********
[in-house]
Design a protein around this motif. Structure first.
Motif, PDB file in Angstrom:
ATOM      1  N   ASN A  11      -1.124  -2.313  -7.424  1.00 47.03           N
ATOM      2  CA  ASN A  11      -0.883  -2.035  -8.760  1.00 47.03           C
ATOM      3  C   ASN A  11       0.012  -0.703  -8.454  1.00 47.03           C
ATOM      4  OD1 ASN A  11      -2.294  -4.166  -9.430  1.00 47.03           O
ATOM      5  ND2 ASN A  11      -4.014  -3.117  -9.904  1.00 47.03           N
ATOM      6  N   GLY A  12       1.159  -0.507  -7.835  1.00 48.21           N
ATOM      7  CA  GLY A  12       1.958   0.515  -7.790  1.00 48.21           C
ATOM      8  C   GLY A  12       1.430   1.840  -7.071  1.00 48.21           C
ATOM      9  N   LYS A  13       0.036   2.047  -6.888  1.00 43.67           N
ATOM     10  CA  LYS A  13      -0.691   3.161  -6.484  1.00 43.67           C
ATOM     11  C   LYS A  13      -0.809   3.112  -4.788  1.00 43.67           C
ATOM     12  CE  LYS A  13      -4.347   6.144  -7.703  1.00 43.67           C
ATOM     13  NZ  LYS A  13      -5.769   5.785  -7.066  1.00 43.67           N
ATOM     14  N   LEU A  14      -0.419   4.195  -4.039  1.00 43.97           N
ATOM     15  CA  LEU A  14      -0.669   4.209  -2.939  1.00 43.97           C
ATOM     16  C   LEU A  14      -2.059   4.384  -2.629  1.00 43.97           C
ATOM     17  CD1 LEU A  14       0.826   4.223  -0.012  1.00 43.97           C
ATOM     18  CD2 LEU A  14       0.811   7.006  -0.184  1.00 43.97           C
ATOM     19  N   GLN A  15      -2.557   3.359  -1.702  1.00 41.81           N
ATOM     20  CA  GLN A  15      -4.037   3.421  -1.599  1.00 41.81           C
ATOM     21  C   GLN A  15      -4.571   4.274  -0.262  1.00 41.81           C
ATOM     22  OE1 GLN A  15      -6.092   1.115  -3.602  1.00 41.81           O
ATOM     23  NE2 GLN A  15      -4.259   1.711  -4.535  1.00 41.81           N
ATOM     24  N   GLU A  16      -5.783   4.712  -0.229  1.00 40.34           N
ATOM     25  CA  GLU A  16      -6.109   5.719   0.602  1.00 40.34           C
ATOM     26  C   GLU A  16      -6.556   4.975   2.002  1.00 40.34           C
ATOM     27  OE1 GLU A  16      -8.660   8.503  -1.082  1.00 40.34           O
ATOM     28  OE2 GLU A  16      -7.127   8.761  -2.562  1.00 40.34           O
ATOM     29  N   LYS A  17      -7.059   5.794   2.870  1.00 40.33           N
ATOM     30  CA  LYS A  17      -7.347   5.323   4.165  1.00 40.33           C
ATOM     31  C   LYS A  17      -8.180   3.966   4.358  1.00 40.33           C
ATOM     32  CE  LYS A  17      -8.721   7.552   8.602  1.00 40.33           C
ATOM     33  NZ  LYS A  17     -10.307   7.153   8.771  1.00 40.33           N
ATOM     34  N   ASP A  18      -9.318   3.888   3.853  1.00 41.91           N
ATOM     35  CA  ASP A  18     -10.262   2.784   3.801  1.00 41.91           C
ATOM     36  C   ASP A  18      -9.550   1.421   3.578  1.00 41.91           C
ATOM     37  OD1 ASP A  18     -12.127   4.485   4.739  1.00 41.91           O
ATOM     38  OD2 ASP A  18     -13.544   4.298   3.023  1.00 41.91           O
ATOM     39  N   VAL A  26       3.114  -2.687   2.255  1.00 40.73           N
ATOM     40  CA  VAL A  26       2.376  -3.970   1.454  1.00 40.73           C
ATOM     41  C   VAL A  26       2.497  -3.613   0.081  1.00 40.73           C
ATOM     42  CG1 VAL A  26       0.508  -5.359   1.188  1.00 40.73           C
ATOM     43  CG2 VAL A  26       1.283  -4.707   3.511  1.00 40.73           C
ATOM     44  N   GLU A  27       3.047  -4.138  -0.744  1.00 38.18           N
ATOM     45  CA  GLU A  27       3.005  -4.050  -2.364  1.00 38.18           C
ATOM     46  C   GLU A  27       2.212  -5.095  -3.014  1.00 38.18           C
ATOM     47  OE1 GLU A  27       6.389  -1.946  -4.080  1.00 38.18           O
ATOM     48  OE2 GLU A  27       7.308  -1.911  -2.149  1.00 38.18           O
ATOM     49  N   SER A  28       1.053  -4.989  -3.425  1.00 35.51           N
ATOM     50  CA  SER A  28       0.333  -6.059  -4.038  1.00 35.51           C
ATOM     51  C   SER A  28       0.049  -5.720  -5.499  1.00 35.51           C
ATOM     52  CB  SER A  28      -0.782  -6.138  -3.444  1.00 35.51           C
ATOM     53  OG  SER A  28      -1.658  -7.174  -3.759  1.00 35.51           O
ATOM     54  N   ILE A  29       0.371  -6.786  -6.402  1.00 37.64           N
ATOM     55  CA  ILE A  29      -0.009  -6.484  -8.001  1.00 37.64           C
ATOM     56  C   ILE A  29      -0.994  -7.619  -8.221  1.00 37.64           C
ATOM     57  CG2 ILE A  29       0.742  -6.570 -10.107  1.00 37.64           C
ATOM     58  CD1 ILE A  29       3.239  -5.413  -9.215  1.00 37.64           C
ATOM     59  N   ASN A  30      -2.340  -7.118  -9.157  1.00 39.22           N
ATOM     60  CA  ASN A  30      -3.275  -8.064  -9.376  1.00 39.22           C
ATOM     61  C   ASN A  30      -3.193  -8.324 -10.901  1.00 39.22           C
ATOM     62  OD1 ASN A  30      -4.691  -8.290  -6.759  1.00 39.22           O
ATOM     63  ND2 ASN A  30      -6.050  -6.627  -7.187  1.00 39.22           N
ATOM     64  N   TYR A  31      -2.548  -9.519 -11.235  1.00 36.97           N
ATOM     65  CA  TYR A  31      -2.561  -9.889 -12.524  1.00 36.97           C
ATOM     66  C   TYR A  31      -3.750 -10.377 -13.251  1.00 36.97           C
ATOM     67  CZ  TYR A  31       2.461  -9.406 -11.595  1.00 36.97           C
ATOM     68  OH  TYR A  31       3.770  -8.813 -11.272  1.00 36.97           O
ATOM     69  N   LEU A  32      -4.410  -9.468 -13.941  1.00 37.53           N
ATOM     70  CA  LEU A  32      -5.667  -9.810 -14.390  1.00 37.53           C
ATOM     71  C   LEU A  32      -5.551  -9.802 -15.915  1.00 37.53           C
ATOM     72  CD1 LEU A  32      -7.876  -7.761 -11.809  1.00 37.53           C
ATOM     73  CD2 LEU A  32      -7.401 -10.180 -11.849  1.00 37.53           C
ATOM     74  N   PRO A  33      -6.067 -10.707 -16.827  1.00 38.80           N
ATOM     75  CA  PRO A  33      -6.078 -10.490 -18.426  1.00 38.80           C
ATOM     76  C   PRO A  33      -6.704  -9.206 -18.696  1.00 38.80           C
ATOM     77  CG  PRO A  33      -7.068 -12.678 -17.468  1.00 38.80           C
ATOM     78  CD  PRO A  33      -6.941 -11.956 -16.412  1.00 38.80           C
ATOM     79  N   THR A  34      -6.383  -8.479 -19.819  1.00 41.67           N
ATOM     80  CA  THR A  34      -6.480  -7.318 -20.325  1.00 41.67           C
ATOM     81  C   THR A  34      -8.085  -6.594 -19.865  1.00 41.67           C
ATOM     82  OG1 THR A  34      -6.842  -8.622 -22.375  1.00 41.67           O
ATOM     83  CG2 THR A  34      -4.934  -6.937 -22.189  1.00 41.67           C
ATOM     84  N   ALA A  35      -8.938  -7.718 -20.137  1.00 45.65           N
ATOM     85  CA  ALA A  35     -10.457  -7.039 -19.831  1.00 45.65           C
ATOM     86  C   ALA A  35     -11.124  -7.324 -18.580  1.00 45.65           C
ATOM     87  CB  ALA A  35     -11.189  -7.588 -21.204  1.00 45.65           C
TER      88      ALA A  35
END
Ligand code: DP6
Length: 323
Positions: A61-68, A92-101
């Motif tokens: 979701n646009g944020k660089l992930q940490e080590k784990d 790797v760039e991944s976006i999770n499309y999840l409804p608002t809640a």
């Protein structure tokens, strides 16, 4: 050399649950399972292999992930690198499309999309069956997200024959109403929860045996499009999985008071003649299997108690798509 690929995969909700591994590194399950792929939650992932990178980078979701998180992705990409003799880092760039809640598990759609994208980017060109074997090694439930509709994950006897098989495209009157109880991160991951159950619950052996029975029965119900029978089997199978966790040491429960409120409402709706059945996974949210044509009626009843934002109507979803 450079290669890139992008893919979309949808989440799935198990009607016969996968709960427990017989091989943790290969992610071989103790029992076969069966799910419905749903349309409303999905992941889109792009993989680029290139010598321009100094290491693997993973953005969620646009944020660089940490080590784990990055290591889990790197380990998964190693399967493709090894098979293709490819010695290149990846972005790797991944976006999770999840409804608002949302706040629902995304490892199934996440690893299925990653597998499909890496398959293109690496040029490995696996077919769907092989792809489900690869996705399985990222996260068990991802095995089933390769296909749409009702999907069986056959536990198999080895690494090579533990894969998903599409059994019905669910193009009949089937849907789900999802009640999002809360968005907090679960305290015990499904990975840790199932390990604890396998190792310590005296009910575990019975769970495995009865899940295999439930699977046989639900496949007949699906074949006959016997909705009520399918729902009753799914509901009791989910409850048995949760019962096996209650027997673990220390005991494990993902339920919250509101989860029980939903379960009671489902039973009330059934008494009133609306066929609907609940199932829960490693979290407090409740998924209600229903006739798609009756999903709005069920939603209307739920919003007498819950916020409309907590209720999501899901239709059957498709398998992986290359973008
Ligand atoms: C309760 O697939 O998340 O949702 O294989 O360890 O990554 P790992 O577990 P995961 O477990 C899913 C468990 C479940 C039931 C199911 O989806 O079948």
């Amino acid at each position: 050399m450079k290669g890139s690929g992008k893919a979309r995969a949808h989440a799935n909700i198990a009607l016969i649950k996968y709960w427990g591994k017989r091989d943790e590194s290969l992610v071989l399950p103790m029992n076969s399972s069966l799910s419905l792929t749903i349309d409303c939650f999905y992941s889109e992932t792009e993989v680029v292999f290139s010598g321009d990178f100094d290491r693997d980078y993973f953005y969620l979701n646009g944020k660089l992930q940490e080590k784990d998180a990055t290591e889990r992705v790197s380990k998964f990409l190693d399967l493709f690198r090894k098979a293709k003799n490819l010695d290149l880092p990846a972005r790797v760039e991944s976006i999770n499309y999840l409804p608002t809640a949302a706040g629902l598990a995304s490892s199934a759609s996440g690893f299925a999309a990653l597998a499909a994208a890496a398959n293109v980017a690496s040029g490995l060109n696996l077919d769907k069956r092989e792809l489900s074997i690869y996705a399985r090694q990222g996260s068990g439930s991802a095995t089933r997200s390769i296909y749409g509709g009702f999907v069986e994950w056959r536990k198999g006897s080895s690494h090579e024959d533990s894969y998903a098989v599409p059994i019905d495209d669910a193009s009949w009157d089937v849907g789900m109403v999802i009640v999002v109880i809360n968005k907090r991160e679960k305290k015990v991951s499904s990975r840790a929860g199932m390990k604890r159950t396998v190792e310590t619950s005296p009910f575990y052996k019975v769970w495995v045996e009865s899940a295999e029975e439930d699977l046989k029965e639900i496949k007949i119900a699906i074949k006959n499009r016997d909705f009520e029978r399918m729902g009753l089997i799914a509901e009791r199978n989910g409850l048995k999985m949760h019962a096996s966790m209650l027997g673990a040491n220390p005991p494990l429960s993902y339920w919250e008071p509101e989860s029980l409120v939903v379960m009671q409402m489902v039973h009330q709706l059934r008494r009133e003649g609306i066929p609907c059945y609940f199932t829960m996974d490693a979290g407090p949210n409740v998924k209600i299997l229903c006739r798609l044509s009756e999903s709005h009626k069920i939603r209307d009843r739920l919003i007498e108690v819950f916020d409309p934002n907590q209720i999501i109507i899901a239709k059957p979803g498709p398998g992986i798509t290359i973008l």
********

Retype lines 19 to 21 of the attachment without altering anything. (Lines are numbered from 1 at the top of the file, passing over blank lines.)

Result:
ATOM     16  C   LEU A  14      -2.059   4.384  -2.629  1.00 43.97           C
ATOM     17  CD1 LEU A  14       0.826   4.223  -0.012  1.00 43.97           C
ATOM     18  CD2 LEU A  14       0.811   7.006  -0.184  1.00 43.97           C